11 Commandments for PowerPoint*

 

PowerPoint has become a major tool used to disseminate information in classrooms. Yet many faculty and students often use PowerPoint in ways that distract and confuse viewers. To help, consider these 11 commandments for using PowerPoint effectively:

  1. Thou shalt not put War and Peace on a slide. Too much text on a slide makes it difficult for a learner to both see and process information. The solutions are easy. Use more slides or outline only major ideas on each slide and then verbally add details. Guidelines suggest no more than six bullet points per slide, no more than six words per point. 
  2. Thou shalt not use fonts smaller than 28-point. Do you need bifocals to read slides on a huge projection screen? Why make your audience squint? Not only is that irritating, but it can cause eye fatigue, and viewers miss important information. To check your font size, print out a slide, put it on the floor at your feet. If you can read it from a standing position, then your font size should work in a typical sized classroom.
  3. Thou shalt not use busy backgrounds or ineffective colors. Donít make your audience need sunglasses. If a background has too much going on, it competes with the information. Also, poor color choices make slides difficult to read. When broadcasting PowerPoint slides over a two-way video system, yellow is a very difficult color on the viewerís eyes. Consider using aesthetically pleasing color choices with good color contrast. And bear in mind that dark slides in a darkened room in a class after lunch may be just a little too soothing. Light fonts on a dark background are best for projection, dark fonts on a light background are best for printed slides. 
  4. Thou shalt not complicate slides with too many figures and tables. The whole purpose of showing a figure or table is lost when a learner must focus on trying to make sense of all the numeric information. Use a handout instead, or refer to a page number or a website where the information can be perused at leisure. If a large table needs to be part of a presentation, break it into chunks on several slides and focus on one aspect of it at a time.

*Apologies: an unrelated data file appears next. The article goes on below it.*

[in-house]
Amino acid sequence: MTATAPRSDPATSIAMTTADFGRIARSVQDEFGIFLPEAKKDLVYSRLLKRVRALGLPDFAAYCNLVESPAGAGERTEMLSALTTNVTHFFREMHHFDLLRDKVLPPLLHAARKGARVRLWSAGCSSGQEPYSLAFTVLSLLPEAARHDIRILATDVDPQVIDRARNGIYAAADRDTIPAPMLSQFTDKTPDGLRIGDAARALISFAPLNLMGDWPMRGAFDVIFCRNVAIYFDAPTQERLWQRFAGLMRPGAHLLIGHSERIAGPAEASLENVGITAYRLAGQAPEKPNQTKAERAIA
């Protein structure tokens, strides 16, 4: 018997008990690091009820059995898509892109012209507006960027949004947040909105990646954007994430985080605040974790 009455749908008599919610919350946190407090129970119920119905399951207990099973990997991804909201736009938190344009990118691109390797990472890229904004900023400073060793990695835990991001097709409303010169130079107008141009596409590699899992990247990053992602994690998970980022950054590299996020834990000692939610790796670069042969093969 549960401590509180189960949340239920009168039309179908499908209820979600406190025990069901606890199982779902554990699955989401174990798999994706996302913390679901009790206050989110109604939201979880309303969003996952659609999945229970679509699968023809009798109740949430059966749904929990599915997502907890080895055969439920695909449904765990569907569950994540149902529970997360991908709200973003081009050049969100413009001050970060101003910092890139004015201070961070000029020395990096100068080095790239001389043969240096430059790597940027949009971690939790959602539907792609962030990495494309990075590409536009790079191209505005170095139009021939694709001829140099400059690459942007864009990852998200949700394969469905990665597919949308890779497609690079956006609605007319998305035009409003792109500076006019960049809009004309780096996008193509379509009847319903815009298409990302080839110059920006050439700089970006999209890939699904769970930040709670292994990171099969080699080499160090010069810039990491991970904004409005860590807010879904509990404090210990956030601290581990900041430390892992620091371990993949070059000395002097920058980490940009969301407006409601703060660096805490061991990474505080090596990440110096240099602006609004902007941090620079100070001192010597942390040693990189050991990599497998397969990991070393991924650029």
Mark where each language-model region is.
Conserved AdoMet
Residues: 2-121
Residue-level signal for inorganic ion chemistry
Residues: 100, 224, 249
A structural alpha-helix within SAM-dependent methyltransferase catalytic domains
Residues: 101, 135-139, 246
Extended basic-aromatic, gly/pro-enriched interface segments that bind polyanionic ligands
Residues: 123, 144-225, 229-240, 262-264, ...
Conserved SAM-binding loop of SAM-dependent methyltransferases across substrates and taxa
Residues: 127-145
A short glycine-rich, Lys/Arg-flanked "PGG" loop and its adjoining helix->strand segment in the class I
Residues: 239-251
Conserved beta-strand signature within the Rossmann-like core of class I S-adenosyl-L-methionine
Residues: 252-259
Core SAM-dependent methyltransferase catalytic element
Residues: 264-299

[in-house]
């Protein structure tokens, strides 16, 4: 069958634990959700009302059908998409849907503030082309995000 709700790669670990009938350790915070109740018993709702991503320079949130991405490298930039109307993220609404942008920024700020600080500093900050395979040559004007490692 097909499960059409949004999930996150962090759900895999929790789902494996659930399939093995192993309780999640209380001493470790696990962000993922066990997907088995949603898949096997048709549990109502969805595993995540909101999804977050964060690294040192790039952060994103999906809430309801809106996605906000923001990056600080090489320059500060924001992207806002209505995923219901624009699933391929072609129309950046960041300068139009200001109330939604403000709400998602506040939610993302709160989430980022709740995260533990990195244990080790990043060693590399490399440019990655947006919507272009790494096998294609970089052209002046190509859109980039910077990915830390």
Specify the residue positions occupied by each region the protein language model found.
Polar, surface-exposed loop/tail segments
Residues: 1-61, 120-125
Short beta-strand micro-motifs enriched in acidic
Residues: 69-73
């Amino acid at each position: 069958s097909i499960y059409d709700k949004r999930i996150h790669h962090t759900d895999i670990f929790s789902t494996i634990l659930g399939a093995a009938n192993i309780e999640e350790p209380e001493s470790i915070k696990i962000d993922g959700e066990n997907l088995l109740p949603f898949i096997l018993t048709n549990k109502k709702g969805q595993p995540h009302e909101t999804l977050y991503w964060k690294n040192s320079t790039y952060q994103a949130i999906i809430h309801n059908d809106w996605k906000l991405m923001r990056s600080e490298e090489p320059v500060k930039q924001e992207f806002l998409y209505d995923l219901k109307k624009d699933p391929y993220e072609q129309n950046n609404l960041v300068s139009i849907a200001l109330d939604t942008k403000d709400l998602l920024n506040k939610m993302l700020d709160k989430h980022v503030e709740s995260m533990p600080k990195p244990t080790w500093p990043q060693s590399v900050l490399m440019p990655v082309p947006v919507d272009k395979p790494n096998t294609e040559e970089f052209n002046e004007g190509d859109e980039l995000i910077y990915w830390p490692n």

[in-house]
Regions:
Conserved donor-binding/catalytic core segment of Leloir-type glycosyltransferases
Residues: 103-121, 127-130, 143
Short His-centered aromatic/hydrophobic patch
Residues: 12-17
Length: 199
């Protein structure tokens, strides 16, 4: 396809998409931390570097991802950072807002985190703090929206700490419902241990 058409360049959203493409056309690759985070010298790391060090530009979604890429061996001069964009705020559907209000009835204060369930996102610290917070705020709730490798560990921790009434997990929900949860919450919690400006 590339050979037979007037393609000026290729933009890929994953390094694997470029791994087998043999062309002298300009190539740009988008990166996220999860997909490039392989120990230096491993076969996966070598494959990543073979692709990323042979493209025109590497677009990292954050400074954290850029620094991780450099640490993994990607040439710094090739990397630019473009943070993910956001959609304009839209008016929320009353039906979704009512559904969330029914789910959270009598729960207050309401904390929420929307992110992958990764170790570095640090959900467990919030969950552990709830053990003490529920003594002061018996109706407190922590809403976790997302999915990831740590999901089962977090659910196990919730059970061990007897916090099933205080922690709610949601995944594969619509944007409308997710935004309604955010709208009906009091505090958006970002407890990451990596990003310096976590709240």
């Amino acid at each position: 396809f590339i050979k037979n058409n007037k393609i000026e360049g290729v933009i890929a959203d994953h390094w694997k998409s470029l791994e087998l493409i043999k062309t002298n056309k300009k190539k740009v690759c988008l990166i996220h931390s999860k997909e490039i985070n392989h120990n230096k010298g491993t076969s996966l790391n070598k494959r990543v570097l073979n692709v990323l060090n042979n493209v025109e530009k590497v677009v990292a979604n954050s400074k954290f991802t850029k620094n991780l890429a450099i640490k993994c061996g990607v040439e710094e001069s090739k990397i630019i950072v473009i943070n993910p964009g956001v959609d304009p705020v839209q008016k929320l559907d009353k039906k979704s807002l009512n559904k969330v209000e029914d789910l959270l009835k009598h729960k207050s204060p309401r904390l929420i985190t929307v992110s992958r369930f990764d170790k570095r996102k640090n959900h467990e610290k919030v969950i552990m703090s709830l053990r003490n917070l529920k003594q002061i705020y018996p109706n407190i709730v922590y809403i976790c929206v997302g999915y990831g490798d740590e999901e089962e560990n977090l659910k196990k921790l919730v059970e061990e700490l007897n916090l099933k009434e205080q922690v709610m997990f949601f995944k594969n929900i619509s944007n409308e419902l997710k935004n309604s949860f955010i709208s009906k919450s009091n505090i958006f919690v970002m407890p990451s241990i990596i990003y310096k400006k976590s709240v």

5. Thou shalt use animation, audio, and pictures in moderation. While animations work well for the Cartoon Network, you donít want your audience to focus on the bombs bursting in air and flags waving. Remember, the goal is to transmit information, not lose your message in the glitz. Pictures and audio can help break up the monotony of written words, but use them to enhance your message, instead of letting them become the message. 
  6. Thou shalt acknowledge all references used. Thou shall not tell a lie or steal someone elseís thunder. The same rules of evidence apply with PowerPoint. When you use a quote, table, figure, or summarize someone elseís work, cite the source.
  7. Thou shalt surely back up thy presentation. Save and save often is not just good advice, it should be the law. Remember, it is not ďifĒ technology will fail, it is when; and you must be prepared. Backup your work on disk!
  8. Thou shalt not read the slides word for word. If all the learner needed to do was read the slide, you would not need to be there. Use the slides as guides for a presentation. Also, donít take the slides right out of your resources. Use the slides to zero in on important topics, and add more material orally! 
  9. Thou shalt not use slides alone. One or more hours of nothing but talk and PowerPoint slides would bore anyone. Use interactive exercises to address other learning styles. Remember, the mind can only absorb what the butt can endure. (Even if your presentation is only 15 minutes it is still a good idea to use interactive exercises, demonstrations, or other such methods to supplement your PowerPoint mini-lecture.)
  10. Thou shalt practice. Donít go in cold and fumble. PowerPoint is only a tool ó one you need to use with poise and confidence.
  11. Thou shalt allow the listener time to process the slides. While fast talking makes great commercials, it does not make for effective instruction. Donít put up a slide and then skip over it ó thatís very confusing. Always allow time for questions, and encourage your audience to ask them. Be sure to determine if your audience understands the concepts you are presenting before moving on.

Adapted from: The Teaching Professor, June/July 2004

Creating PowerPoint presentations (a "how to" technical guide)

 

Created by Laura Ellen Shulman 

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Last updated: October 13, 2005